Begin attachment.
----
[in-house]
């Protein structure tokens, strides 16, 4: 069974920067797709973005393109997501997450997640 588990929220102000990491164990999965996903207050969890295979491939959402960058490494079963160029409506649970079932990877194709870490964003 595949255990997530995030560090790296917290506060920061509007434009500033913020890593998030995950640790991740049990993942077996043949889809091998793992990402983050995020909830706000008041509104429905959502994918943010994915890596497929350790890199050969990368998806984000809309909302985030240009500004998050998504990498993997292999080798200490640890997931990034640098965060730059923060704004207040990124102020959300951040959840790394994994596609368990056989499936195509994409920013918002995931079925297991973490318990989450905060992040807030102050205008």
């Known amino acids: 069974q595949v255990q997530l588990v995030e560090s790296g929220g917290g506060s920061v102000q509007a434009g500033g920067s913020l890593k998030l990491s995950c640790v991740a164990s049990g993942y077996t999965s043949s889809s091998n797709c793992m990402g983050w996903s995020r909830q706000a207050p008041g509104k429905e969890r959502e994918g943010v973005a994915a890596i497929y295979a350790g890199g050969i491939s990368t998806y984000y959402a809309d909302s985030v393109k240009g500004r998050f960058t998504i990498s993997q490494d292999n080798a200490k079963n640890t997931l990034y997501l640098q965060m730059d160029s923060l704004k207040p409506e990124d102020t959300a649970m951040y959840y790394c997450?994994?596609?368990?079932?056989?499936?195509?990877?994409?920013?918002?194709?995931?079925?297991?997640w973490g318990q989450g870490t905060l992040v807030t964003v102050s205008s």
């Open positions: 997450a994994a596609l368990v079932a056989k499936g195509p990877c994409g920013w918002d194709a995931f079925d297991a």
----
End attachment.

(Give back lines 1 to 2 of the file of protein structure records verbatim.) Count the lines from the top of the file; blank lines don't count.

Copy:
[in-house]
């Protein structure tokens, strides 16, 4: 069974920067797709973005393109997501997450997640 588990929220102000990491164990999965996903207050969890295979491939959402960058490494079963160029409506649970079932990877194709870490964003 595949255990997530995030560090790296917290506060920061509007434009500033913020890593998030995950640790991740049990993942077996043949889809091998793992990402983050995020909830706000008041509104429905959502994918943010994915890596497929350790890199050969990368998806984000809309909302985030240009500004998050998504990498993997292999080798200490640890997931990034640098965060730059923060704004207040990124102020959300951040959840790394994994596609368990056989499936195509994409920013918002995931079925297991973490318990989450905060992040807030102050205008």